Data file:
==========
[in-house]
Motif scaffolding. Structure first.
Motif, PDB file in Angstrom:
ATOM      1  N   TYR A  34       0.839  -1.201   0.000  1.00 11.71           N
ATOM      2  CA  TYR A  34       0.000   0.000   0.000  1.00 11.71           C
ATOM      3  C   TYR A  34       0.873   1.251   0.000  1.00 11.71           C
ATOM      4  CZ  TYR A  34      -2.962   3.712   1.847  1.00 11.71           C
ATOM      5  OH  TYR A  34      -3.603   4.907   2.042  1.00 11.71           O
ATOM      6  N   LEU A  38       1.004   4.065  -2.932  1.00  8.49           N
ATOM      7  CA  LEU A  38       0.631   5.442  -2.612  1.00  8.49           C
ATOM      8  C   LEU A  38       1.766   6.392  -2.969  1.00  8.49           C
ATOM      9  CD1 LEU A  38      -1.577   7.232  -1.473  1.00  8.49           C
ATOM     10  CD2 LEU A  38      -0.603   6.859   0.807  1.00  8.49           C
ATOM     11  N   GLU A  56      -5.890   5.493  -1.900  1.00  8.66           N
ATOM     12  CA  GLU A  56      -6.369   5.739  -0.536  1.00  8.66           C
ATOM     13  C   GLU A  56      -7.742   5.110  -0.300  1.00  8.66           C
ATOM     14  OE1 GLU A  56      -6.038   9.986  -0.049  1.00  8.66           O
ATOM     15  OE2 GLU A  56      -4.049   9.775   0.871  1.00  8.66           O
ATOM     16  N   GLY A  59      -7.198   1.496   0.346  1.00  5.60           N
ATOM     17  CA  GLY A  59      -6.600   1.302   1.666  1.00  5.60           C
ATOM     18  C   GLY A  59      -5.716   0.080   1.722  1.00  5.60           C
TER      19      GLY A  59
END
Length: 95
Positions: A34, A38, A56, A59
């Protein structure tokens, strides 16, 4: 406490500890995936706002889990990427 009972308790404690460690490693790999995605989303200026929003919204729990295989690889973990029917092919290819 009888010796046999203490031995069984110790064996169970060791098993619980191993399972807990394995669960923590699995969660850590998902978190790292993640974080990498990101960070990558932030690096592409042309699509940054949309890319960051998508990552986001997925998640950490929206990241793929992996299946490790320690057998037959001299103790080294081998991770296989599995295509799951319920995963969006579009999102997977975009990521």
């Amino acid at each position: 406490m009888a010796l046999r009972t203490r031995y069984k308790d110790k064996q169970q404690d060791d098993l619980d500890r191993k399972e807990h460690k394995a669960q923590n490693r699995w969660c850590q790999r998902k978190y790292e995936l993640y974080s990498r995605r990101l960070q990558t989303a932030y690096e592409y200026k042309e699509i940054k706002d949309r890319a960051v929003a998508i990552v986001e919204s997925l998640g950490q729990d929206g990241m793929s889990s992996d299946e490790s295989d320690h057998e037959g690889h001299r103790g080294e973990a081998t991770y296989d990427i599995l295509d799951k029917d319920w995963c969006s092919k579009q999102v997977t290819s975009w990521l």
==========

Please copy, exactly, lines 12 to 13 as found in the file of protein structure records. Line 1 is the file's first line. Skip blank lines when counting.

ATOM      9  CD1 LEU A  38      -1.577   7.232  -1.473  1.00  8.49           C
ATOM     10  CD2 LEU A  38      -0.603   6.859   0.807  1.00  8.49           C